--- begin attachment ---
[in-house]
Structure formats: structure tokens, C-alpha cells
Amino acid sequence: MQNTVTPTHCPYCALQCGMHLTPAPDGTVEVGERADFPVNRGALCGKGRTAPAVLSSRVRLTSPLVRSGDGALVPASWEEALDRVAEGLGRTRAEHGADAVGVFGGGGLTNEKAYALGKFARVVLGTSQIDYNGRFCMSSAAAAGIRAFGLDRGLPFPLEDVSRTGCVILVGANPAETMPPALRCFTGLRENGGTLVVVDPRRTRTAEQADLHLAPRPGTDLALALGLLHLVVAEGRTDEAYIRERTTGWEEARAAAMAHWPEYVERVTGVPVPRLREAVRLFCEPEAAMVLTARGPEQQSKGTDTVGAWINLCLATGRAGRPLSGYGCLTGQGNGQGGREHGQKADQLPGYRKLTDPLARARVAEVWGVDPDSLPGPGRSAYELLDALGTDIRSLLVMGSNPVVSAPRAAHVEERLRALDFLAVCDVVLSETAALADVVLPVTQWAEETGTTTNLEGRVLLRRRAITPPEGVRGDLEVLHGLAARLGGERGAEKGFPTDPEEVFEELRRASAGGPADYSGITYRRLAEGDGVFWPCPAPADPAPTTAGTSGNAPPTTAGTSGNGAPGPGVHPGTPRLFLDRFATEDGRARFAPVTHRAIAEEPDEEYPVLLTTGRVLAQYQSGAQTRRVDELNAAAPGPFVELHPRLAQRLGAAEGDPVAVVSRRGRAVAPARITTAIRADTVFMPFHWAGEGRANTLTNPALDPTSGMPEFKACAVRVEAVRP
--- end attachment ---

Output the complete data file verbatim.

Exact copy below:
[in-house]
Structure formats: structure tokens, C-alpha cells
Amino acid sequence: MQNTVTPTHCPYCALQCGMHLTPAPDGTVEVGERADFPVNRGALCGKGRTAPAVLSSRVRLTSPLVRSGDGALVPASWEEALDRVAEGLGRTRAEHGADAVGVFGGGGLTNEKAYALGKFARVVLGTSQIDYNGRFCMSSAAAAGIRAFGLDRGLPFPLEDVSRTGCVILVGANPAETMPPALRCFTGLRENGGTLVVVDPRRTRTAEQADLHLAPRPGTDLALALGLLHLVVAEGRTDEAYIRERTTGWEEARAAAMAHWPEYVERVTGVPVPRLREAVRLFCEPEAAMVLTARGPEQQSKGTDTVGAWINLCLATGRAGRPLSGYGCLTGQGNGQGGREHGQKADQLPGYRKLTDPLARARVAEVWGVDPDSLPGPGRSAYELLDALGTDIRSLLVMGSNPVVSAPRAAHVEERLRALDFLAVCDVVLSETAALADVVLPVTQWAEETGTTTNLEGRVLLRRRAITPPEGVRGDLEVLHGLAARLGGERGAEKGFPTDPEEVFEELRRASAGGPADYSGITYRRLAEGDGVFWPCPAPADPAPTTAGTSGNAPPTTAGTSGNGAPGPGVHPGTPRLFLDRFATEDGRARFAPVTHRAIAEEPDEEYPVLLTTGRVLAQYQSGAQTRRVDELNAAAPGPFVELHPRLAQRLGAAEGDPVAVVSRRGRAVAPARITTAIRADTVFMPFHWAGEGRANTLTNPALDPTSGMPEFKACAVRVEAVRP